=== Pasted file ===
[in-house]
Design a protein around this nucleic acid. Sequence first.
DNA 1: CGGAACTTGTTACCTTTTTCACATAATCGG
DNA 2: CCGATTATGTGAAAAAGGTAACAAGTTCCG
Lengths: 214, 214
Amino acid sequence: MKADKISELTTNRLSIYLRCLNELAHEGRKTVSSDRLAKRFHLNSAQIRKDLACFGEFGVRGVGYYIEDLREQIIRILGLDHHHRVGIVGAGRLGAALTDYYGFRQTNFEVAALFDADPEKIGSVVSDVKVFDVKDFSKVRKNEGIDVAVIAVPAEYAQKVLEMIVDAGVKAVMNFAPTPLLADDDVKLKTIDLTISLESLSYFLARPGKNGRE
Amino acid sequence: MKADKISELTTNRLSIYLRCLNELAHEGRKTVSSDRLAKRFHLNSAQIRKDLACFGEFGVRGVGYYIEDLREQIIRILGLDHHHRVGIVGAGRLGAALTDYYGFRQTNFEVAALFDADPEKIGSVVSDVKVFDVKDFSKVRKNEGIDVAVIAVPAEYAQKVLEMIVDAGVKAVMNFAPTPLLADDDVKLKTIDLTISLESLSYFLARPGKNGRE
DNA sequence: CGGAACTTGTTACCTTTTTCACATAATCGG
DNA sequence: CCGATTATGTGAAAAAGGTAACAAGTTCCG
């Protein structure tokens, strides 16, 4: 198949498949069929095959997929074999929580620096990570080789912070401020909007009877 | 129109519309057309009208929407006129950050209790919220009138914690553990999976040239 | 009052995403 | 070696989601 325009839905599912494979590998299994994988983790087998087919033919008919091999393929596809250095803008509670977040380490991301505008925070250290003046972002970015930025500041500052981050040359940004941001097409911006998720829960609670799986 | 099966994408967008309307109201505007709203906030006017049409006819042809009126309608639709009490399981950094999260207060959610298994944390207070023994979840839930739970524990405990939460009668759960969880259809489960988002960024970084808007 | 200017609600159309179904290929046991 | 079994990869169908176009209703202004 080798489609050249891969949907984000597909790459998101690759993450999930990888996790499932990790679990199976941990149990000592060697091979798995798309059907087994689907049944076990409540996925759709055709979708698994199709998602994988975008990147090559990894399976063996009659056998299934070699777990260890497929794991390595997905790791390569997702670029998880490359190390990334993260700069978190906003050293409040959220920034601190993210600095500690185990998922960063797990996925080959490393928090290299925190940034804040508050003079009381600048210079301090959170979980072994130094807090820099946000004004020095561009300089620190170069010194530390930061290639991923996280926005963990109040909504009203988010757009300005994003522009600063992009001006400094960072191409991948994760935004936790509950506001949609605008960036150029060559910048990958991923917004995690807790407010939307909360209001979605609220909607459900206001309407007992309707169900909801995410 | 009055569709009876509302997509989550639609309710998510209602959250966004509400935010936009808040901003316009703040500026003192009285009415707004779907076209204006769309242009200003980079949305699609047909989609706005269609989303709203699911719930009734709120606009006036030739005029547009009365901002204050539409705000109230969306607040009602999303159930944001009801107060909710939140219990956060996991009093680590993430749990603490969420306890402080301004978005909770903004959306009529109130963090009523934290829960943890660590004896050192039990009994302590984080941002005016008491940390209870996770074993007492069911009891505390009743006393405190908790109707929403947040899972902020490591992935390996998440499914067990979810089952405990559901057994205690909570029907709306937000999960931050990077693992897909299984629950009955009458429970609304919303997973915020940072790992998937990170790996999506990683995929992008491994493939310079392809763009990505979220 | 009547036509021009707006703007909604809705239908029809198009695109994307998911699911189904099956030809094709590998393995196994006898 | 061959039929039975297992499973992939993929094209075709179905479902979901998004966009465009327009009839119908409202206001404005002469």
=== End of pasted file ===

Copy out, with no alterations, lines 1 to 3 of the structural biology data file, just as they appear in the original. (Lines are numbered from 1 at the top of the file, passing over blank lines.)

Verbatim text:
[in-house]
Design a protein around this nucleic acid. Sequence first.
DNA 1: CGGAACTTGTTACCTTTTTCACATAATCGG